The overall wastewater treatment process is complex, and each step is integral to ensuring water is properly purified. Effluent ends up in the plants, containing substances that must be removed before the water can be properly cleaned and returned for use. The range of potential contaminants is almost endless and can include food, pulp, waste, or other substances. Afterwards, the water requires further scrubbing, with the aid of bacteria. It is in this part of the process that compressed air (ideally provided by energy-efficient rotary lobe blowers) plays a vital role.
For 165 years, Oerlikon Leybold Vacuum has developed and supplied vacuum pumps, systems, standardized and customized vacuum solutions, and after-sales services for a wide range of industrial and research-based applications. In these fields of industry, Oerlikon Leybold Vacuum offers low, medium, high and ultrahigh vacuum pumps, vacuum systems, measuring gauges and instruments, leak detectors, valves and fittings, as well as consulting and engineering for complete vacuum solutions.
We were fortunate enough to speak with Keith Webb, the Application Engineering Manager at Tuthill, to learn about the company and its manufacturing equipment. During our discussion, we talked about the company’s blower and vacuum technologies, common markets and applications, and Tuthill’s custom-engineering capabilities. Webb even touched on some trends in energy management regarding blower and vacuum systems.
“What is the best type of oil to use in my vacuum pump?” is a common question for sure, and one that may often yield confusing and conflicting answers. The rule of thumb is that it is always best to follow OEM recommendations, but why do they recommend the lubricants that they do? For the purpose of this article, we will focus on some of the general industrial vacuum pump applications and their lubricant choices.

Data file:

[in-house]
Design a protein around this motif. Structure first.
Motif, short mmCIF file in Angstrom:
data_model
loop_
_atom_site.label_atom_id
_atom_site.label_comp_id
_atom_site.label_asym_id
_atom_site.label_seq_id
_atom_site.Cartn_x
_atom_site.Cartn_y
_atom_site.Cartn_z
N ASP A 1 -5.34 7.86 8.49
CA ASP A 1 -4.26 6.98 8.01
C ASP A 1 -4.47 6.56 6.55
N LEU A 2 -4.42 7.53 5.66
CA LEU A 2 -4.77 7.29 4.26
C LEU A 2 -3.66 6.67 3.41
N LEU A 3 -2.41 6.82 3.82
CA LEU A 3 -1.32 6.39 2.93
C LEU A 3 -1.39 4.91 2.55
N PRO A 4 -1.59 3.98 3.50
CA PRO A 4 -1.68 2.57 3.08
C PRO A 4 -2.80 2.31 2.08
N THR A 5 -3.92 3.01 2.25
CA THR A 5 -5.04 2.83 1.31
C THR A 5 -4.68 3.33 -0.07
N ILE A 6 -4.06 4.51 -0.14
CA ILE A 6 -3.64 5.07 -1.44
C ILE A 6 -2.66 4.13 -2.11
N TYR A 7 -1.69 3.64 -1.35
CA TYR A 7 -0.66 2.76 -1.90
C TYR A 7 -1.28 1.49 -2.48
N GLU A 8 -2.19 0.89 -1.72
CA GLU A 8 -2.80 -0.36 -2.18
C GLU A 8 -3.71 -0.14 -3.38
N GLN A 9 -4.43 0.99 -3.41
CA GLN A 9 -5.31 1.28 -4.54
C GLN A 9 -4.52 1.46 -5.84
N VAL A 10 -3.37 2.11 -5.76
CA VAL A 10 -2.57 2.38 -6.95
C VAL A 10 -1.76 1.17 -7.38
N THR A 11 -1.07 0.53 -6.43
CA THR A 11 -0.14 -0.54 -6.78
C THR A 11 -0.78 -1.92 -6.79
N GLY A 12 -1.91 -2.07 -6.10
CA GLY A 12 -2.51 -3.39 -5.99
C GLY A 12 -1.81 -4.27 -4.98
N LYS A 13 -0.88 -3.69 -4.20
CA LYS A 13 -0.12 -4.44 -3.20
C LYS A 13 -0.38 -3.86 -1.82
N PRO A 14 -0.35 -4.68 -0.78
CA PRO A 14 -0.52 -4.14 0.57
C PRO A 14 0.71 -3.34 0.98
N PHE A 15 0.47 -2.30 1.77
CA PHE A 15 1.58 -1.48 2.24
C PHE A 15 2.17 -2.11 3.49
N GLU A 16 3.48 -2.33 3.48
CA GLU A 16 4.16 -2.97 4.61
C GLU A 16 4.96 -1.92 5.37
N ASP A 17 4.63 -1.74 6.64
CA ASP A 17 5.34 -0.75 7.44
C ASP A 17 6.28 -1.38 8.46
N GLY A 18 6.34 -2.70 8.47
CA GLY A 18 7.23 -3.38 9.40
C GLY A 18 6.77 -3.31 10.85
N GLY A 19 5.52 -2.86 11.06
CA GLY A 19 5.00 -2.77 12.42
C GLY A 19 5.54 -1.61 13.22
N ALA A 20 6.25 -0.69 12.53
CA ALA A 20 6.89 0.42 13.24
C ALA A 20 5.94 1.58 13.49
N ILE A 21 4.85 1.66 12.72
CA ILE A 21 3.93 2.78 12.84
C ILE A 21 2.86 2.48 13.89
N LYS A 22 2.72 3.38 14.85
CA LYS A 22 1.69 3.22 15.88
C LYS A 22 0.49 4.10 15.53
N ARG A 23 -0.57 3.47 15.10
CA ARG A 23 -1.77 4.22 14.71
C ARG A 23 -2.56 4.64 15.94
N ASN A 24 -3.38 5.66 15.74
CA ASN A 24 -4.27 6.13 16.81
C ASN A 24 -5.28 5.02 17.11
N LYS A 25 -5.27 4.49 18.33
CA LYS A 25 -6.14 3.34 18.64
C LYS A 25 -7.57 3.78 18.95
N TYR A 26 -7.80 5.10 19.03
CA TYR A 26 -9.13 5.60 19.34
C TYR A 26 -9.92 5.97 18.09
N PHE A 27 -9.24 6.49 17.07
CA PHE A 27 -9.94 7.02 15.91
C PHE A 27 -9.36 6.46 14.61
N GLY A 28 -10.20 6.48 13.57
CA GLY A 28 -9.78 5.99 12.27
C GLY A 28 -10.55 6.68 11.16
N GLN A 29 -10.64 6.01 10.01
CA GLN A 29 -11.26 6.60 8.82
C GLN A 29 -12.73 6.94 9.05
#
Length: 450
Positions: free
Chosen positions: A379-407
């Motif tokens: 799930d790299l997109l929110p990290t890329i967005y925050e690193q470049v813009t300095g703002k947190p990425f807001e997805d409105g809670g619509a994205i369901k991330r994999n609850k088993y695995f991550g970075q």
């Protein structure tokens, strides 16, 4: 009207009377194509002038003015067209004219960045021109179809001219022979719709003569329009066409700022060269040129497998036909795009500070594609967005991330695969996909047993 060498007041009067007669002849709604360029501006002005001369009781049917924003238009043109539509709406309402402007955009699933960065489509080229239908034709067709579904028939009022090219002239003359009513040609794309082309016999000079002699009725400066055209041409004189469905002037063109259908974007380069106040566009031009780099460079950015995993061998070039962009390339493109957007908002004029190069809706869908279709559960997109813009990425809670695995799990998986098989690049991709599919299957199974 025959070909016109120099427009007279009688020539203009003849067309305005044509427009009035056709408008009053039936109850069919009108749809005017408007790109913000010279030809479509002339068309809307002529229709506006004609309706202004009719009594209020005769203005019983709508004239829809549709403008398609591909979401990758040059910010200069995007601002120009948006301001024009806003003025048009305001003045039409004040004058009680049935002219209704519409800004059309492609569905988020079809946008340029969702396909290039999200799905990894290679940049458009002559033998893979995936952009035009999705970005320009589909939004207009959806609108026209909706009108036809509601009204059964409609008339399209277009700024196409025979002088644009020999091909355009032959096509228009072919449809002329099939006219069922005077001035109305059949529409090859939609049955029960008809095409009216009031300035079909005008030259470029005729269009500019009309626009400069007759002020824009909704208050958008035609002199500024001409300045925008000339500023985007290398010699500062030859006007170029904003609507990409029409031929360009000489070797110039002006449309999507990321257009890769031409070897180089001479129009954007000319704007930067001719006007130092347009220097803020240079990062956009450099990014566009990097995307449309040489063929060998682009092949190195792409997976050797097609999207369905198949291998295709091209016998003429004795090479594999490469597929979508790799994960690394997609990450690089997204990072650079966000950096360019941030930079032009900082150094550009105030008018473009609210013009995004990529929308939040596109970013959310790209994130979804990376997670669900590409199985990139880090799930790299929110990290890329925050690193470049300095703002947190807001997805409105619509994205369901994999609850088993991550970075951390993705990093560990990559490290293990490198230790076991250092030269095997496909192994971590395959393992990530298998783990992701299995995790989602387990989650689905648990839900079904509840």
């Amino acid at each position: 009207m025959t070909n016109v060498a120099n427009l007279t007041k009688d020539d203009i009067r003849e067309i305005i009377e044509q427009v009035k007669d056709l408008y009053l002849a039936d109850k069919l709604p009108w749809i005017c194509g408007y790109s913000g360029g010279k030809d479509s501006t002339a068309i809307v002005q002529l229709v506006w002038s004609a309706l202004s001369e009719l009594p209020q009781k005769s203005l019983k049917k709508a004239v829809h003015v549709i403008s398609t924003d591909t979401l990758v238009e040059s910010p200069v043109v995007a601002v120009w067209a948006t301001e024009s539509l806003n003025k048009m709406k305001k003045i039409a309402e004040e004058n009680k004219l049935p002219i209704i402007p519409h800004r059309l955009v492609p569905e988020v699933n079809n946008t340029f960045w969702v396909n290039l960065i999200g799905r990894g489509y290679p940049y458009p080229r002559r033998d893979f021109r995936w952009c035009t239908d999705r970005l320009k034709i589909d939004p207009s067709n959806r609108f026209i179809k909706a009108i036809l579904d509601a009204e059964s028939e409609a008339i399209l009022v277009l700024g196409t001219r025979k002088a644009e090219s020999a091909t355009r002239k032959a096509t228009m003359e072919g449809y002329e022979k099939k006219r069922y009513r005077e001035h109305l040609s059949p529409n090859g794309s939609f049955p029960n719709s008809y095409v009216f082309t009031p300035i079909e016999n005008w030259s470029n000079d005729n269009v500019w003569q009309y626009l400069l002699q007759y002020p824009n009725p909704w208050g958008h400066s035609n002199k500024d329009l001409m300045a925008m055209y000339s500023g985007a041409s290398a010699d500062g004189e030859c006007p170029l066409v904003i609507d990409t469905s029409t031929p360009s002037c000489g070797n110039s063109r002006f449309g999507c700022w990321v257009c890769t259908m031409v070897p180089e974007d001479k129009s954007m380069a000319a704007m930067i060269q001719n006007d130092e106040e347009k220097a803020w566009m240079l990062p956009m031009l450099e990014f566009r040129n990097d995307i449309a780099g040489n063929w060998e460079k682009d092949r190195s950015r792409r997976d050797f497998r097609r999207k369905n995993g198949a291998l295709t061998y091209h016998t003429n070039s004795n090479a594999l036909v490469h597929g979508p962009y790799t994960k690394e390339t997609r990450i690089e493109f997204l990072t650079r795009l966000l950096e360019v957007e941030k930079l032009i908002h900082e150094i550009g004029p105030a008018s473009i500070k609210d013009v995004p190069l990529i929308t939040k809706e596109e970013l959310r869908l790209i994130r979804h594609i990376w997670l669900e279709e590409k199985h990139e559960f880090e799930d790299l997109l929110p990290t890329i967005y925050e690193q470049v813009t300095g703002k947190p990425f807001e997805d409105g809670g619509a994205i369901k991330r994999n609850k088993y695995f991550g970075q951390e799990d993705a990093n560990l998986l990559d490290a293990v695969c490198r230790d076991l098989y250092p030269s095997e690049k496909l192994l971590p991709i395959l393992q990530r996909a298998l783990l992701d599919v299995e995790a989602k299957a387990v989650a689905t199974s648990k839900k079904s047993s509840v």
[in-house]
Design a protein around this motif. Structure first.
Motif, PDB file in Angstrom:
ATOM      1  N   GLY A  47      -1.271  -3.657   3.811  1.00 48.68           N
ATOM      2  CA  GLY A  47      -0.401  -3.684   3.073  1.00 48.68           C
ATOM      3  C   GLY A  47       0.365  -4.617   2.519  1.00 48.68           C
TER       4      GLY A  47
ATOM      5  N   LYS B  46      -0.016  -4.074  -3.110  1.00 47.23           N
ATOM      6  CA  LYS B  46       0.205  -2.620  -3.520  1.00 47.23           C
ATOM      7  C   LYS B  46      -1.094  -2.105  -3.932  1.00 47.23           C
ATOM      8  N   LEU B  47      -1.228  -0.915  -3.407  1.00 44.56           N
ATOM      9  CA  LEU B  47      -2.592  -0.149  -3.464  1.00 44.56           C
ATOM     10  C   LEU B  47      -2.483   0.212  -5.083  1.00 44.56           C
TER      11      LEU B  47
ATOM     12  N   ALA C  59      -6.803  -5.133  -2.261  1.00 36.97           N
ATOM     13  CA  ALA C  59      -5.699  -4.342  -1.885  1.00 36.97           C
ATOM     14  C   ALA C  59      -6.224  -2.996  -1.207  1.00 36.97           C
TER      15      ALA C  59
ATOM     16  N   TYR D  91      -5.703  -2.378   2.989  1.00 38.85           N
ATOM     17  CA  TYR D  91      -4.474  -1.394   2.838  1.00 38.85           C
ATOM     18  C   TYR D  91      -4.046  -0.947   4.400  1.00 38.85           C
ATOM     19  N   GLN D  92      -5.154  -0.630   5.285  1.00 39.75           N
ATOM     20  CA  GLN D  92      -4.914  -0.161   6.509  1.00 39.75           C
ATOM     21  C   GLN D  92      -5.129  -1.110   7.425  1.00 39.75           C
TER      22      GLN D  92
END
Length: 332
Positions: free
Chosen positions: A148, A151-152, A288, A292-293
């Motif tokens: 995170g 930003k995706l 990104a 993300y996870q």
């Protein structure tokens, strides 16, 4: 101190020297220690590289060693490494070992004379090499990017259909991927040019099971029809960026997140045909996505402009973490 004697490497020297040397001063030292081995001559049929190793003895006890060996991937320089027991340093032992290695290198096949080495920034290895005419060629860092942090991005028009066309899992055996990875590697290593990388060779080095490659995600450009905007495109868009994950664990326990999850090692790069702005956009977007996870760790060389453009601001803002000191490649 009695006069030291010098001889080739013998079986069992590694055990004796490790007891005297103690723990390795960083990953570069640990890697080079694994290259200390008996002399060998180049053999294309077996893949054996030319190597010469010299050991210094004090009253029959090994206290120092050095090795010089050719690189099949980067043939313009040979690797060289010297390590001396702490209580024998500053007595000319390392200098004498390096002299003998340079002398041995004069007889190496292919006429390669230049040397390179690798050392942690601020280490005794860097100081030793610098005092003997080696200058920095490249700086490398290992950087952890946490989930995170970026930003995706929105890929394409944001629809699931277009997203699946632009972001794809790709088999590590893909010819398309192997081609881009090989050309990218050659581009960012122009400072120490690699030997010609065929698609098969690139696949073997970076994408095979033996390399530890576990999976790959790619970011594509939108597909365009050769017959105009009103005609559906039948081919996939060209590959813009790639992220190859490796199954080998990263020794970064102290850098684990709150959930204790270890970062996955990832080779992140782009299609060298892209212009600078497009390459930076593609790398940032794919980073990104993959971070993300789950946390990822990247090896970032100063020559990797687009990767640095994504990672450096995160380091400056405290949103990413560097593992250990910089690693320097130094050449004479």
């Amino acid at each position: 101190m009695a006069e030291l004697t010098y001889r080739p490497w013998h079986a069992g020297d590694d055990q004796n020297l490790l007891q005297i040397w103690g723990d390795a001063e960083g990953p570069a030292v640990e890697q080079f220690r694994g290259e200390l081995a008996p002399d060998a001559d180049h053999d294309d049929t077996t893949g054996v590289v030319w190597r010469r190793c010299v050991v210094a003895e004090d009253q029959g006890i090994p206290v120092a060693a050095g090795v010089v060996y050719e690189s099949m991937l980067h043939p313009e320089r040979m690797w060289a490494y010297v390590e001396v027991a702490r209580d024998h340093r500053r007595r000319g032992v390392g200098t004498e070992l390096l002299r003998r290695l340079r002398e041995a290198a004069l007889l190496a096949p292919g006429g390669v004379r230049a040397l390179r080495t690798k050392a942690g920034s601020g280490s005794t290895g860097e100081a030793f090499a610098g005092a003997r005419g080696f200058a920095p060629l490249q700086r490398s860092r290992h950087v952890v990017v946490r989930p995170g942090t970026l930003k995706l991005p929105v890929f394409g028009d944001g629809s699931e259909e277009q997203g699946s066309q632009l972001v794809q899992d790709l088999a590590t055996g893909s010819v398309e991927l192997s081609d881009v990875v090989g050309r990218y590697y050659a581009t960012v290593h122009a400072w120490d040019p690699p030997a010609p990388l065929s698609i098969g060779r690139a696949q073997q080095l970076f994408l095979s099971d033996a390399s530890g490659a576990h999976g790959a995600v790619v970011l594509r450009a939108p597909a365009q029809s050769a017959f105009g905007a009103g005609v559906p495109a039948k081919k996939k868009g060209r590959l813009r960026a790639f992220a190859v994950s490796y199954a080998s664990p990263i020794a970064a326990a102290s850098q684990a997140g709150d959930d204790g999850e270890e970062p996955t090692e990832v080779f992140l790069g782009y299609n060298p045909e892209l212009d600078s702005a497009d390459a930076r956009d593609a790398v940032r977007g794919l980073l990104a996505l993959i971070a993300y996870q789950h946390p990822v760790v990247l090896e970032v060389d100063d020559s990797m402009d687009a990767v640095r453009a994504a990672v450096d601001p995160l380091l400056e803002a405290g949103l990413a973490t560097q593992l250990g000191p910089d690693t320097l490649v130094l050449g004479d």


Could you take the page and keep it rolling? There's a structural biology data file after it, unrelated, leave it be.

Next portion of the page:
The NPE 2015 International Plastics Showcase was held at the Orange County Convention Center in Orlando, Florida, March 23-27. The Show attracted 2,029 exhibitors - including Blower & Vacuum Best Practices Magazine!  Over 1,128,000 square feet of exhibition space was used – both figures breaking the all-time NPE records set in 2000. Held once every three years, NPE registered attendance was 65,810 – 19% greater than the 2012 event.
Hannover Messe 2015 attracted 220,000 visitors with 70,000 coming from outside Germany. The blower and vacuum industry was very well represented and presented itself as a very healthy industry with high levels of innovation and activity. The goal of this article is to provide readers with a sampling of highlight technologies catching my eye – with apologies to the many companies left out due to editorial space limitations.
Many manufacturing processes are like offensive linemen. When everything is running smoothly, nobody tends to notice. But, when an application starts creating a hazardous work environment (think too many blindsided sacks), or the products start spoiling (think shutout or a losing season), you best believe someone will start paying attention.
Bringing a New Technology to an Established Market Segment Atlas Copco recently released a new series of oil-sealed rotary screw vacuum pumps specifically designed for the rough vacuum utility market. Their new vacuum pumps, called the GHS VSD+ Series, boasts a unique technology that is relatively uncommon in the rough vacuum utility market, namely variable speed drive (VSD) controls. According to Jerry Geenen, Atlas Copco’s VP and Business Line Manager of the company’s Utility Vacuum Division in North America, there are not many, if any, companies that utilize VSD technology in their vacuum pump products.
The application of vacuum generating equipment has many uses in industry today but unfortunately, vacuum remains a bit of a mystery. The objective of this article is to provide answers to the most commonly asked questions for when vacuum is used to make, move or transform a product or item.